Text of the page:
The disk format upgrade is optional and a Virtual SAN cluster continues to run smoothly if you use a previous disk format version.
For best results, upgrade the objects to use the latest on-disk format. The latest on-disk format provides the complete feature set of Virtual SAN.
Depending on the size of disk groups, the disk format upgrade can be time-consuming because the disk groups are upgraded one at a time. For each disk group upgrade, all data from each device is evacuated and the disk group is removed from the Virtual SAN cluster. The disk group is then added back to Virtual SAN with the new on-disk format.
When you initiate an upgrade of the on-disk format, Virtual SAN performs several operations that you can monitor from the Resyncing Components page. The table summarizes each process that takes place during the disk format upgrade.
|Percentage of Completion||Description|
|0%-5%||Cluster check. Cluster components are checked and prepared for the upgrade. This process takes a few minutes. Virtual SAN verifies that no outstanding issues exist that can prevent completion of the upgrade.
|5%-10%||Disk group upgrade. Virtual SAN performs the initial disk upgrade with no data migration. This process takes a few minutes.|
|10%-15%||Object realignment. Virtual SAN modifies the layout of all objects to ensure that they are properly aligned. This process can take a few minutes for a small system with few snapshots. It can take many hours or even days for large a system with many snapshots, many fragmented writes, and many unaligned objects.|
|15%-95%||Disk group removal and reformat. Each disk group is removed from the cluster, reformatted, and added back to the cluster. The time required for this process varies, depending on the megabytes allocated and the system utilization. A system at or near its I/O capacity transfers slowly.|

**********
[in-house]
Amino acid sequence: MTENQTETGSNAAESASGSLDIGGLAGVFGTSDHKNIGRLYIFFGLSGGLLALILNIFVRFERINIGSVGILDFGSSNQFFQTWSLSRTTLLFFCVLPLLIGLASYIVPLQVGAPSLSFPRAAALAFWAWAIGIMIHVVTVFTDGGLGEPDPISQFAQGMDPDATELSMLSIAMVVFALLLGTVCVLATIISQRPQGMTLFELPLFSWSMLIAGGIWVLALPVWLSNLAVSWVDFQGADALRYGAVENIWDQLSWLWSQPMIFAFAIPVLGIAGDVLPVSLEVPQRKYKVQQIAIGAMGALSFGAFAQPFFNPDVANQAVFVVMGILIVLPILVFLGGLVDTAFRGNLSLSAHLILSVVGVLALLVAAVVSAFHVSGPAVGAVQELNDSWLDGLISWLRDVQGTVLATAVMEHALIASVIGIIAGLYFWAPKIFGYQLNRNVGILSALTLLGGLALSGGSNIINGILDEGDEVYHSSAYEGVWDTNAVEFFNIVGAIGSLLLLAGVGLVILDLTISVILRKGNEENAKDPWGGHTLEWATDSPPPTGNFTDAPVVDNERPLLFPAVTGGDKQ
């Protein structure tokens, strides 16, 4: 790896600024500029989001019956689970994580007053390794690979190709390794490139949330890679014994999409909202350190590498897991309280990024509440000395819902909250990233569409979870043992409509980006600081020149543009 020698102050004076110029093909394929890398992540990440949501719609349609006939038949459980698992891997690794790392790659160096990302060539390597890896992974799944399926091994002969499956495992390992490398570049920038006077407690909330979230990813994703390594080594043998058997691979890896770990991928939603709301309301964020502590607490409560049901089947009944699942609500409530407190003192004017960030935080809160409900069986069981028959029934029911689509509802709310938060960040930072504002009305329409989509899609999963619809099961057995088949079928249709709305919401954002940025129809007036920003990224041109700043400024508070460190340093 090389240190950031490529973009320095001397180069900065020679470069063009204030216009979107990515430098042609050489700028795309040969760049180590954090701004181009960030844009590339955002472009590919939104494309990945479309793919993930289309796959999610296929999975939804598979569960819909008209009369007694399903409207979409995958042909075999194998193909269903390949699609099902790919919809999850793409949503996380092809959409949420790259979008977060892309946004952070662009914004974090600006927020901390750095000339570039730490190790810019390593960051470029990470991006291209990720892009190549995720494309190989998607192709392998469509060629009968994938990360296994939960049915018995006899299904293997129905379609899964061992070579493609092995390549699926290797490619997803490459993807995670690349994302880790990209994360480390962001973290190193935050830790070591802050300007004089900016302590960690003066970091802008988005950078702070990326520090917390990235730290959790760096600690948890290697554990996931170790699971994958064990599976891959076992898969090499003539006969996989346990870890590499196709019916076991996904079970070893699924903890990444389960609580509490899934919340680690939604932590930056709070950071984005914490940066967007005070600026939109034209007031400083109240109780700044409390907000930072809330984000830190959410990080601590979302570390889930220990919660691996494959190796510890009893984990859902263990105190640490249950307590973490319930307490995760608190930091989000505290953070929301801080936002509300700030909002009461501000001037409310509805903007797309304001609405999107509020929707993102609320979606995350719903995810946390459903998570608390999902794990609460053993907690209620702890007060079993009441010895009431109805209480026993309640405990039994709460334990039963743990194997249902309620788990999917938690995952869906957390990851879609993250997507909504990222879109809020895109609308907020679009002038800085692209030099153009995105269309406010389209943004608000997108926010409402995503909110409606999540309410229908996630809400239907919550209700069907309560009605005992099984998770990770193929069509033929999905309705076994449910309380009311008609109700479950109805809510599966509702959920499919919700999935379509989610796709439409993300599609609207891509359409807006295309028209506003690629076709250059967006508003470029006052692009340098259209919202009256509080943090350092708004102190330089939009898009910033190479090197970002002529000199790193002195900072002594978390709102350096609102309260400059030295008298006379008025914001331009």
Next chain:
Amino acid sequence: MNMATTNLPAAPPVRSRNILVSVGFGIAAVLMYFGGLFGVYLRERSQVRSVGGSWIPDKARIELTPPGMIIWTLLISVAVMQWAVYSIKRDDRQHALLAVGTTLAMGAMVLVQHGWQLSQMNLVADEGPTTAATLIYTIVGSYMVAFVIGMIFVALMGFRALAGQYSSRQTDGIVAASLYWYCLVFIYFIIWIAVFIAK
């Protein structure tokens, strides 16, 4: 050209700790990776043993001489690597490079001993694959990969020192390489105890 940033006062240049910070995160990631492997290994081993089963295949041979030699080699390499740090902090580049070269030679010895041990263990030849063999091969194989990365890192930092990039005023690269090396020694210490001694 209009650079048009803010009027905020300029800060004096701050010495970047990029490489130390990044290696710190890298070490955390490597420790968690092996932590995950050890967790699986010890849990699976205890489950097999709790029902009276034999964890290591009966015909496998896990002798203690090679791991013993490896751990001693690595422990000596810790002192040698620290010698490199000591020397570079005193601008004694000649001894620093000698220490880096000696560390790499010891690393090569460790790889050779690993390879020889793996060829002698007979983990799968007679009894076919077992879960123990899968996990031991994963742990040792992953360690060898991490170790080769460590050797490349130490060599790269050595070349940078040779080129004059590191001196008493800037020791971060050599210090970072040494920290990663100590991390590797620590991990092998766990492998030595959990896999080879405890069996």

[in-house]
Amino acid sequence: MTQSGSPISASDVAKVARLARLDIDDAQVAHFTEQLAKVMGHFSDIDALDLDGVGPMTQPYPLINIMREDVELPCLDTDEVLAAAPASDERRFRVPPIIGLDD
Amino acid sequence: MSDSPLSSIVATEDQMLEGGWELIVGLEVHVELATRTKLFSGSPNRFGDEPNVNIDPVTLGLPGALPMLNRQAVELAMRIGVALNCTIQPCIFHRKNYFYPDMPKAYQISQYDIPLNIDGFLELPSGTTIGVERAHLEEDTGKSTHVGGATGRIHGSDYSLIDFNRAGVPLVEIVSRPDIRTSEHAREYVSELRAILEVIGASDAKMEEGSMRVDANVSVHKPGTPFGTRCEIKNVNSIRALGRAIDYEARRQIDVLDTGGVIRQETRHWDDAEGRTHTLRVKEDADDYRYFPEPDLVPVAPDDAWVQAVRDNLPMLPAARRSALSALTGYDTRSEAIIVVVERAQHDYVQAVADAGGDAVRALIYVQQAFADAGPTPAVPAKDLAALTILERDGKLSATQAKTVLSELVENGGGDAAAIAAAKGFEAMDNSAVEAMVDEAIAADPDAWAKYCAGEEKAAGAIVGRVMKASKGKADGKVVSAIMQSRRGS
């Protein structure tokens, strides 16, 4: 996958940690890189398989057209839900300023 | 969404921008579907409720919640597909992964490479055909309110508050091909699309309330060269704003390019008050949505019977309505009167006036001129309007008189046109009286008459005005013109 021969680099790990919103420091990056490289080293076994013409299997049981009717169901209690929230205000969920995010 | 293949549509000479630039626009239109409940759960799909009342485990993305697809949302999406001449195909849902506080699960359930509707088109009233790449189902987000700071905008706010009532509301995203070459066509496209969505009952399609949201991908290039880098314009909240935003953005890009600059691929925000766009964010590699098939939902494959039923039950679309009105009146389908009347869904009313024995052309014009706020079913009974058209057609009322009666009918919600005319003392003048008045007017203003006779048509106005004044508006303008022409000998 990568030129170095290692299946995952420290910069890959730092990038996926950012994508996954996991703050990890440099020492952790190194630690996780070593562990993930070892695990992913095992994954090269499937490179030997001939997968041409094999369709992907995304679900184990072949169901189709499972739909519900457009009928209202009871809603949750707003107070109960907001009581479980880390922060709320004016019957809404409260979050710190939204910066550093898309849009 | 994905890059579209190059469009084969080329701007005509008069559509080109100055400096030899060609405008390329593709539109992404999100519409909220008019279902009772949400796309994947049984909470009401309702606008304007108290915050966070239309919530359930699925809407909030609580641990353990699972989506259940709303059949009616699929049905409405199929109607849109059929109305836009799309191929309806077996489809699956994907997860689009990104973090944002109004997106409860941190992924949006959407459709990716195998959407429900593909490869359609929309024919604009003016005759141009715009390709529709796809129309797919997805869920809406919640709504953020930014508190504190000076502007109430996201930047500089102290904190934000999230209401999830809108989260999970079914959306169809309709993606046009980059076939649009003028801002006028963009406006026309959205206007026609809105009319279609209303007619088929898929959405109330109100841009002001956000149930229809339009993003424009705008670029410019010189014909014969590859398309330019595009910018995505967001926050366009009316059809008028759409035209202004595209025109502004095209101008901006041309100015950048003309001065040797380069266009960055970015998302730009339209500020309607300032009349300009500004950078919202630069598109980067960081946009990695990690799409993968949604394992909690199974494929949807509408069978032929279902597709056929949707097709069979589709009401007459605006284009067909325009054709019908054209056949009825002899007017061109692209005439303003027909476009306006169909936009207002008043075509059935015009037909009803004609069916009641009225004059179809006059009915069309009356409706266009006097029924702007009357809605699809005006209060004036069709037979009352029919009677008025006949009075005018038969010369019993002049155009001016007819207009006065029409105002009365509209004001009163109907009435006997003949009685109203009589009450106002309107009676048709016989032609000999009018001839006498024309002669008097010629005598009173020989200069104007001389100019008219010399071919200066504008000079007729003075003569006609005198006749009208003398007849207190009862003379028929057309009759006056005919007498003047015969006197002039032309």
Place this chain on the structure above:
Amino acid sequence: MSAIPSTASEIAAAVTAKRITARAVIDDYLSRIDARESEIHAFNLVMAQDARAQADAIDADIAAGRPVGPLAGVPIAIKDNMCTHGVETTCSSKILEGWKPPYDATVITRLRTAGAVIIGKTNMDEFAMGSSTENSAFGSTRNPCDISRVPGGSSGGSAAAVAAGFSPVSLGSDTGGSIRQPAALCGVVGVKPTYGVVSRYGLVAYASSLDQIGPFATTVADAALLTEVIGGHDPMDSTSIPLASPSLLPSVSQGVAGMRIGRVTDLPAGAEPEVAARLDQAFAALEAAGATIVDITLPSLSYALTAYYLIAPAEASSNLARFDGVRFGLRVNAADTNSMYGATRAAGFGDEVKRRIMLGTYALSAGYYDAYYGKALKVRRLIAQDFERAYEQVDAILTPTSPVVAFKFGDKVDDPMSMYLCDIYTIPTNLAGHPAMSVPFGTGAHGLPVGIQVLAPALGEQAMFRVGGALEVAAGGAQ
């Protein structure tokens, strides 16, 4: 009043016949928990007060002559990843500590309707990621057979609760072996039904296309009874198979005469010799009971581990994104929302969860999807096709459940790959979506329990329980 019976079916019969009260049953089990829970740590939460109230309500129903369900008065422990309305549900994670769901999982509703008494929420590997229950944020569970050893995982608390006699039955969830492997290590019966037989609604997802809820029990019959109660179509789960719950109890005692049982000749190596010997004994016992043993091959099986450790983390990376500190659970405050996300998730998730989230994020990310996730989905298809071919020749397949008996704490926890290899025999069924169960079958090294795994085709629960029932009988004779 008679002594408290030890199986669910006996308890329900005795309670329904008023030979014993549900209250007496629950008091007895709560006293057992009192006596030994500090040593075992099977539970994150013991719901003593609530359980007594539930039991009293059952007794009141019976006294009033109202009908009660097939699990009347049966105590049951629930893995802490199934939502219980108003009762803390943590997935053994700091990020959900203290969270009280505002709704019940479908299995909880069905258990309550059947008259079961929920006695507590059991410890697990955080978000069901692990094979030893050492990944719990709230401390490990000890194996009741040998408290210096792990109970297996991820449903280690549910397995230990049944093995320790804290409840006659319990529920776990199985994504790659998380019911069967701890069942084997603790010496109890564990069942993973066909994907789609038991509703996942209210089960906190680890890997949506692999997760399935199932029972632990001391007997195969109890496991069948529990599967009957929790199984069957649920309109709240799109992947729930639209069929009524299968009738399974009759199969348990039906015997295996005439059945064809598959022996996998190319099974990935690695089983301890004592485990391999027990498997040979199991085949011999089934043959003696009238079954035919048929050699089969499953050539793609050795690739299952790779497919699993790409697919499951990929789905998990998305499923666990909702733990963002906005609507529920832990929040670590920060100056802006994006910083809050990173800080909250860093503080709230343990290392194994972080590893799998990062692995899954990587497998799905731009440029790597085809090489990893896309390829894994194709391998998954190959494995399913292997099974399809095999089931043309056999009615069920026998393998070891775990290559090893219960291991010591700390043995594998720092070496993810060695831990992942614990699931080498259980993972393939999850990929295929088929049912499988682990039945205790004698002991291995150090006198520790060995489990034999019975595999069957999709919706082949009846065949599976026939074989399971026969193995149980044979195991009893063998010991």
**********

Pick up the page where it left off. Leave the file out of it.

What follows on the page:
|95%-100%||Final object version upgrade. Object conversion to the new on-disk format and resynchronization is completed. The time required for this process varies, depending on the amount of space used and whether the Allow reduced redundancy option is selected.|
During the upgrade, you can monitor the upgrade process from the vSphere Web Client when you navigate to the Resyncing Components page. See Monitor the Resynchronization Tasks in the Virtual SAN Cluster. You also can use the RVC vsan.upgrade_status <cluster> command to monitor the upgrade. Use the optional -r <seconds> flag to refresh the upgrade status periodically until you press Ctrl+C. The minimum number of seconds allowed between each refresh is 60.
You can monitor other upgrade tasks, such as device removal and upgrade, from the vSphere Web Client in the Recent Tasks pane of the status bar.
- If you upgrade a cluster with three hosts, and you want to perform a full evacuation, the evacuation fails for objects with a Primary level of failures to tolerate greater than zero. A three-host cluster cannot reprotect a disk group that is being fully evacuated using the resources of only two hosts. For example, when the Primary level of failures to tolerate is set to 1, Virtual SAN requires three protection components (two mirrors and a witness), where each protection component is placed on a separate host.
For a three-host cluster, you must choose the Ensure data accessibility evacuation mode. When in this mode, any hardware failure might result in data loss.
You also must ensure that enough free space is available. The space must be equal to the logical consumed capacity of the largest disk group. This capacity must be available on a disk group separate from the one that is being migrated.
- When upgrading a three-host cluster or when upgrading a cluster with limited resources, allow the virtual machines to operate in a reduced redundancy mode. Run the RVC command with the option, vsan.ondisk_upgrade --allow-reduced-redundancy.
- Using the --allow-reduced-redundancy command option means that certain virtual machines might be unable to tolerate failures during the migration. This lowered tolerance for failure also can cause data loss. Virtual SAN restores full compliance and redundancy after the upgrade is completed. During the upgrade, the compliance status of virtual machines and their redundancies is temporarily noncompliant. After you complete the upgrade and finish all rebuild tasks, the virtual machines will become compliant.
- While the upgrade is in progress, do not remove or disconnect any host, and do not place a host in maintenance mode. These actions might cause the upgrade to fail.
For information about the RVC commands and command options, see the RVC Command Reference Guide.